On April 1, 2016, the USPTO announced changes to the Rules of Practice for review proceedings before the PTAB.
Among the changes, the new rules allow patent owners to submit testimonial evidence in preliminary responses to petitions for Inter Partes Review and Post Grant Review before the PTAB. This much-anticipated change opens the door for expert testimony on behalf of patent owners prior to institution of a trial, and provides the PTAB a more balanced view of the merits of a petition when deciding if a trial should be instituted. Previously, the rules permitted only testimony of petitioners and produced what many perceived as patent-unfriendly results. In addition to this leveling of the pre-institution playing field, the change should shorten the time-to-resolution in many disputes, as the balance assessment of the merits will occur earlier, prior to institution, when the parties and the PTAB are more inclined to early disposition, as opposed to during trial under the previous rules.
In a nod to practitioners concerned with frivolous petitions for review before the PTAB, the new rules require a certification for petitions, responses, motions, and other papers filed in a proceeding, similar to Rule 11 certifications in Federal Courts. The new rules also provide for sanctions against violators of the new certifications. The USPTO expects the impact of these provisions to be mostly that of a deterrent.
The changes also provide relief to parties struggling to satisfy page limits in briefs submitted to the PTAB. Page limits in petitions, patent owner preliminary responses, patent owner responses, and petitioner’s replies have been dropped in favor of word counts. In an otherwise unremarkable change, the shift to word counts should make Inter Partes Review, Post Grant Review, and Covered Business Method proceedings more efficient, and should improve the overall advocacy for the parties through more effective use of illustrations and demonstratives without consuming valuable page-space.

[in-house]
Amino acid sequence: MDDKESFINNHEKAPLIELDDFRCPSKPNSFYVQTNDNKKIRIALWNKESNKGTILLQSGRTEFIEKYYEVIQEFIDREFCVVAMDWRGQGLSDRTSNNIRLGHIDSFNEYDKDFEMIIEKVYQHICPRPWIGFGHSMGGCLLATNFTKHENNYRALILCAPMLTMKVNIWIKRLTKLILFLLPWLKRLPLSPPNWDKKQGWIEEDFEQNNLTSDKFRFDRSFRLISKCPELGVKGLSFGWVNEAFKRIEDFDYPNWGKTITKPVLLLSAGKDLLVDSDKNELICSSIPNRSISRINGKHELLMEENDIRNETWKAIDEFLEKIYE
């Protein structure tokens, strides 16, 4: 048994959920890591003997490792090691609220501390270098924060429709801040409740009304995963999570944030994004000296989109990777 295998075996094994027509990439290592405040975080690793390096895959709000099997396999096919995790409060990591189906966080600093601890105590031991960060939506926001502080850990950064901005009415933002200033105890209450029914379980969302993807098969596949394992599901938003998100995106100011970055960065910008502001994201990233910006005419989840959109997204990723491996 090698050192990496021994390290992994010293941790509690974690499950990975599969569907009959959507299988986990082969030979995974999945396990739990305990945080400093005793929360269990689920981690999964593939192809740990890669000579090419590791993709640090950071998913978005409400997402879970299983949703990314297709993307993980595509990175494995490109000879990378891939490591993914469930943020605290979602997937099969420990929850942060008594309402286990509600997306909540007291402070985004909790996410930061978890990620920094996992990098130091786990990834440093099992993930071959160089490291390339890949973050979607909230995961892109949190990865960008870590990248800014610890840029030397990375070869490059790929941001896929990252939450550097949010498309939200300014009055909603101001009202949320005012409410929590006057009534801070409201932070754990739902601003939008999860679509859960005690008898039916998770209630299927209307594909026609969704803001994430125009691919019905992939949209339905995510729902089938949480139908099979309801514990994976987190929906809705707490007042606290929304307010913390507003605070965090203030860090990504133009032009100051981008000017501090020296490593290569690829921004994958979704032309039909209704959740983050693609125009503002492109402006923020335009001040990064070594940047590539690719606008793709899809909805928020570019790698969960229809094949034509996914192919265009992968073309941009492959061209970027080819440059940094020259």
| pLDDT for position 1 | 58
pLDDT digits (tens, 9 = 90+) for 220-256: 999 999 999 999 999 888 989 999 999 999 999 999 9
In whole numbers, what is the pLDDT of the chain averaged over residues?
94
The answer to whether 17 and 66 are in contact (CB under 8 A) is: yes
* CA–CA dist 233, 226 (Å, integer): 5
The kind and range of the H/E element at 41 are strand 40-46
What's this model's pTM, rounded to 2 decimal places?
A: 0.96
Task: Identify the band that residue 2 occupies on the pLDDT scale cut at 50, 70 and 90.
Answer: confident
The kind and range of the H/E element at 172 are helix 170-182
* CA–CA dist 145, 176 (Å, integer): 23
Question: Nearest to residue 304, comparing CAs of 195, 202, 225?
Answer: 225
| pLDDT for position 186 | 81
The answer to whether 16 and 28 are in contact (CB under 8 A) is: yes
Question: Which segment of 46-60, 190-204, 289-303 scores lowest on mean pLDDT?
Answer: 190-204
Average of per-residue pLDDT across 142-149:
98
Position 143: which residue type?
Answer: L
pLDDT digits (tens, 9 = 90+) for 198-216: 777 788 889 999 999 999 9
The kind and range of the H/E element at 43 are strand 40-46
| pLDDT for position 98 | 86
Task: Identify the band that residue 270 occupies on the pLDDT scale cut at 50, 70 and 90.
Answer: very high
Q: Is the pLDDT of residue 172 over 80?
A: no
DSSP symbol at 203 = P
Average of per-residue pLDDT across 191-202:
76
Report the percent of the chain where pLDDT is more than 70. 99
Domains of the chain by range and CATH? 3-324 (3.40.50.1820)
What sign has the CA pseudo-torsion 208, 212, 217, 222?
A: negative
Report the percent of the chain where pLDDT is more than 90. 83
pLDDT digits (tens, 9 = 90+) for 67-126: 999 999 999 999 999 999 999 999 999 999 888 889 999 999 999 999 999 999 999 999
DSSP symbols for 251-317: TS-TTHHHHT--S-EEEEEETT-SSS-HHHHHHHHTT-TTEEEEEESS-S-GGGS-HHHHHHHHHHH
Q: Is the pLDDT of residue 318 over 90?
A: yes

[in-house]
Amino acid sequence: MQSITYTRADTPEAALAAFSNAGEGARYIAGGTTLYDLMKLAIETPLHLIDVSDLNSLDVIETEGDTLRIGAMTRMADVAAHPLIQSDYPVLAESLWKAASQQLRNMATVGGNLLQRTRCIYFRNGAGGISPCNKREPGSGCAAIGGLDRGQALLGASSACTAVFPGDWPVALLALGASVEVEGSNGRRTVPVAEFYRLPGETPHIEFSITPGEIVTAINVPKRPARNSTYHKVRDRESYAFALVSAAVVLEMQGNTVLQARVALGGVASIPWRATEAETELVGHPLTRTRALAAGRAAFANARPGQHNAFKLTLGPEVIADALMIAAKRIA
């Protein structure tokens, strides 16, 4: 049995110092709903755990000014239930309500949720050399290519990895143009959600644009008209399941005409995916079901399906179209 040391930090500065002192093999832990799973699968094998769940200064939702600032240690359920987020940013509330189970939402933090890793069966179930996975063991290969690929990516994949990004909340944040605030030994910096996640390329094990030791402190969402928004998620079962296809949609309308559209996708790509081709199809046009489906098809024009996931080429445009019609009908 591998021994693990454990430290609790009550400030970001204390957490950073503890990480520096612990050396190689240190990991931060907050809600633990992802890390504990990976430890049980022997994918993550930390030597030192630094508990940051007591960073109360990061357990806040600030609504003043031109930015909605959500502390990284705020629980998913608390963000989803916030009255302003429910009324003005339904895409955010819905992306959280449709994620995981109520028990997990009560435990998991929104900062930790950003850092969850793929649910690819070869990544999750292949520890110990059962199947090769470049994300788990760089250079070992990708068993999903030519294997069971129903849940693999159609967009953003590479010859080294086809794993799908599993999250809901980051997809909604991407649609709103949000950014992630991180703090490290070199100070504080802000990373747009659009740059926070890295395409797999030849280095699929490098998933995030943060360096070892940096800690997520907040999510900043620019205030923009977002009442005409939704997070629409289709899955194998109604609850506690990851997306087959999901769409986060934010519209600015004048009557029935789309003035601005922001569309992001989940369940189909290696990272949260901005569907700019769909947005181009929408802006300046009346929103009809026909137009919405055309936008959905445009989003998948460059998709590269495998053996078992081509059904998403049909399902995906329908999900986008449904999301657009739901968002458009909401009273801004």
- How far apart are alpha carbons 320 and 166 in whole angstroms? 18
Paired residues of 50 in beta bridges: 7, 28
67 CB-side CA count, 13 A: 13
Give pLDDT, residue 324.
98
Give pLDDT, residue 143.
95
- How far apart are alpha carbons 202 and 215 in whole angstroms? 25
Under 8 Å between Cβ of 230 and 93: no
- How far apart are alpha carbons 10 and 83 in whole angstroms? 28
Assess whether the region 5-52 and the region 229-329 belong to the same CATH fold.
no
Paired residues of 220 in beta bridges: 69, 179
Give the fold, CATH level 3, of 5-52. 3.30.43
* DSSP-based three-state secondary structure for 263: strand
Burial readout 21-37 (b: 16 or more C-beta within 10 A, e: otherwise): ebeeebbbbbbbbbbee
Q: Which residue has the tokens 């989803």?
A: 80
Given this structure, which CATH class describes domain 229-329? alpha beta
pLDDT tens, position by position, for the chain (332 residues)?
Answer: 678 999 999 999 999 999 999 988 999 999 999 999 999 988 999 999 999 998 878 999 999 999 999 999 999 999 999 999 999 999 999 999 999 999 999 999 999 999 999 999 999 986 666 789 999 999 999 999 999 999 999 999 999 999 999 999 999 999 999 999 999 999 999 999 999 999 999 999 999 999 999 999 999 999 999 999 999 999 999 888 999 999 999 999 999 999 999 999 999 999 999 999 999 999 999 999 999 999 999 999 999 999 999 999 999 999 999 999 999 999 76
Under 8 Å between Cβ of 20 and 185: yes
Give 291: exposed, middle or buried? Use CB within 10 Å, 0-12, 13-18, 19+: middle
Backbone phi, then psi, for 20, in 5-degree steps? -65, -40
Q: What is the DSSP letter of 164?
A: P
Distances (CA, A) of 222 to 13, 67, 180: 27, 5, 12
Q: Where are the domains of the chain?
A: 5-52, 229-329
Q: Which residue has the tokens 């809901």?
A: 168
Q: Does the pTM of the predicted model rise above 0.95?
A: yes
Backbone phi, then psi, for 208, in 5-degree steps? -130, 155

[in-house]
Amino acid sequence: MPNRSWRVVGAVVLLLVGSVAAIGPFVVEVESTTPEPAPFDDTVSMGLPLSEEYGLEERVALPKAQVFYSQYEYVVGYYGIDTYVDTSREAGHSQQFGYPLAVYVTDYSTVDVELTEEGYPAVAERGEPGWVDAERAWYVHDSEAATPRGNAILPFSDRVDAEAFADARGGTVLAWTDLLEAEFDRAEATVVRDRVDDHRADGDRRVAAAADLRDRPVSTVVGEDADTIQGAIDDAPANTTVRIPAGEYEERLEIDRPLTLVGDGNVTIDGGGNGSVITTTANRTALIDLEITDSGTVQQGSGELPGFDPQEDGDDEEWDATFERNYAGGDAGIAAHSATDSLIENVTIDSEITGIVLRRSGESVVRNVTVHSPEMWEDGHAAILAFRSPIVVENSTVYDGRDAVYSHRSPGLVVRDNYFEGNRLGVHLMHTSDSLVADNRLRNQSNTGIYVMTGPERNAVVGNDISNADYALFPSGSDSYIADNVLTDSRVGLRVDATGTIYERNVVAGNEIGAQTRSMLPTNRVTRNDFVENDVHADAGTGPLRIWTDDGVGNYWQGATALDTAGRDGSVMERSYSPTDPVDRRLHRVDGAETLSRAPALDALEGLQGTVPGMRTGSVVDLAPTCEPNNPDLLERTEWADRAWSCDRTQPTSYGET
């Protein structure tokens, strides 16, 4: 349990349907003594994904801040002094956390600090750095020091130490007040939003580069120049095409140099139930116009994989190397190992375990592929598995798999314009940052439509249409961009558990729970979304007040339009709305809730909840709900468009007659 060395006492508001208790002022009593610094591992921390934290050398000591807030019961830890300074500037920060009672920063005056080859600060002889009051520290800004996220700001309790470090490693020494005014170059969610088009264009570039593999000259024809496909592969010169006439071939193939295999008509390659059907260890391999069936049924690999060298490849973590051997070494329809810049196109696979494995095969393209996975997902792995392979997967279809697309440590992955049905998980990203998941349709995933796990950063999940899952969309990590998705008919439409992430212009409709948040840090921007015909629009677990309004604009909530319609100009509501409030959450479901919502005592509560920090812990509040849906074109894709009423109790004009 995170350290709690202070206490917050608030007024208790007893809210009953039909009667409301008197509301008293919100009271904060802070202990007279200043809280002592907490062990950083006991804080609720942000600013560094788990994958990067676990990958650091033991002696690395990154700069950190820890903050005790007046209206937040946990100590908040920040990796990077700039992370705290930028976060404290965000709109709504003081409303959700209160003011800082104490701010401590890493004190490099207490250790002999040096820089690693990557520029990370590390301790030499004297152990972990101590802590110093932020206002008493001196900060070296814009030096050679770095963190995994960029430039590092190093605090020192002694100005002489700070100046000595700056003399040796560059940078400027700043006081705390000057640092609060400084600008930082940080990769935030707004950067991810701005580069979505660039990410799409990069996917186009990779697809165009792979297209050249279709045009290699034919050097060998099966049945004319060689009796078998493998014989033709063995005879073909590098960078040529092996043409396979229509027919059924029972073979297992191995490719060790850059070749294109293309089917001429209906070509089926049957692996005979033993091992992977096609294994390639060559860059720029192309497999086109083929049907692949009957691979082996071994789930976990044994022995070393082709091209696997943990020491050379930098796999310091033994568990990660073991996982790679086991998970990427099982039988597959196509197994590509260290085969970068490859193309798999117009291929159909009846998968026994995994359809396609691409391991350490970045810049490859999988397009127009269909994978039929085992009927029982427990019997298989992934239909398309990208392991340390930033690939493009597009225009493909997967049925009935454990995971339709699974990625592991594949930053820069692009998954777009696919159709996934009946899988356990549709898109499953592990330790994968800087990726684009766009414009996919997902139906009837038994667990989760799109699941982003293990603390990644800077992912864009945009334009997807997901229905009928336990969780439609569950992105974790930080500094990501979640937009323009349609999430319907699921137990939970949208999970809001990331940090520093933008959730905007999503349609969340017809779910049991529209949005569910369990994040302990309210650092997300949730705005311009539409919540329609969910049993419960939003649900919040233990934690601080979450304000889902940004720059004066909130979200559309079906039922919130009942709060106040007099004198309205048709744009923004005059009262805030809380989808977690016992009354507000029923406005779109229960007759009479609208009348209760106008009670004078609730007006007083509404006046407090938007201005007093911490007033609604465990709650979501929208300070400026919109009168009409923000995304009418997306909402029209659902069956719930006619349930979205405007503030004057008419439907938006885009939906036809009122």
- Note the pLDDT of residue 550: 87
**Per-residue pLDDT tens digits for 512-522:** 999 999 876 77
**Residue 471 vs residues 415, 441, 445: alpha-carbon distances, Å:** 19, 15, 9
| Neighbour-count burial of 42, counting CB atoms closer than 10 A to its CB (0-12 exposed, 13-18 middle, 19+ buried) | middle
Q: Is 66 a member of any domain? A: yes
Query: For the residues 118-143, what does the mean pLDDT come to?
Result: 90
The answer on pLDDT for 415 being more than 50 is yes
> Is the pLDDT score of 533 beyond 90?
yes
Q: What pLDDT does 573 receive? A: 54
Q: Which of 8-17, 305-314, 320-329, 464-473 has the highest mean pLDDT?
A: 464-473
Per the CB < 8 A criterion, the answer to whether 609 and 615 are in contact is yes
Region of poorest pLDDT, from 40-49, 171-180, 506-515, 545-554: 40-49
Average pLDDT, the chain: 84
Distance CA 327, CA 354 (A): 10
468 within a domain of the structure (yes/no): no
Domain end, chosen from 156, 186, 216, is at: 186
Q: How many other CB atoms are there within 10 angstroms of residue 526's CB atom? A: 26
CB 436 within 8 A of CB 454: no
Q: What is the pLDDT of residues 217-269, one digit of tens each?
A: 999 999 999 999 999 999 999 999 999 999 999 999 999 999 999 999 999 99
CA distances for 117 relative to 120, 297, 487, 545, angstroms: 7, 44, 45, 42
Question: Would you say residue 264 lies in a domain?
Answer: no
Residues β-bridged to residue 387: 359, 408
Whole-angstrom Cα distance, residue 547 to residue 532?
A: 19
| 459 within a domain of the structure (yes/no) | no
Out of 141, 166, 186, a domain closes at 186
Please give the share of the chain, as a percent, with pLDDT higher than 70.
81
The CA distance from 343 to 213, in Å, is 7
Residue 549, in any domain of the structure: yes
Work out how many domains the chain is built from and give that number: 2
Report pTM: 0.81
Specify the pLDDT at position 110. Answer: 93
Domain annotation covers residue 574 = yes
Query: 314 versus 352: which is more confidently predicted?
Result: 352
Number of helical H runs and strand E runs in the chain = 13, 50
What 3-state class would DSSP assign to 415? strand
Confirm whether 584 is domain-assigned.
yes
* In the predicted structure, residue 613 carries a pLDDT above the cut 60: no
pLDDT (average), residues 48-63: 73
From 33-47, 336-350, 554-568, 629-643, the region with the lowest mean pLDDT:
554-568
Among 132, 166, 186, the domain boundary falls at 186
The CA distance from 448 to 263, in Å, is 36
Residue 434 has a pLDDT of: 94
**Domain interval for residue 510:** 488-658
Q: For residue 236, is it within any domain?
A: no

The changes modified the claim construction standard for patents expiring during the review proceedings from the “broadest reasonable interpretation” to a Phillips-type claim construction – the familiar “ordinary and customary meaning” standard used in the Federal Courts. Still intact is the broadest reasonable interpretation standard for patents under review before the PTAB where the patent owner may still have an opportunity to amend the claims.
The new rules go into effect on May 2, 2016.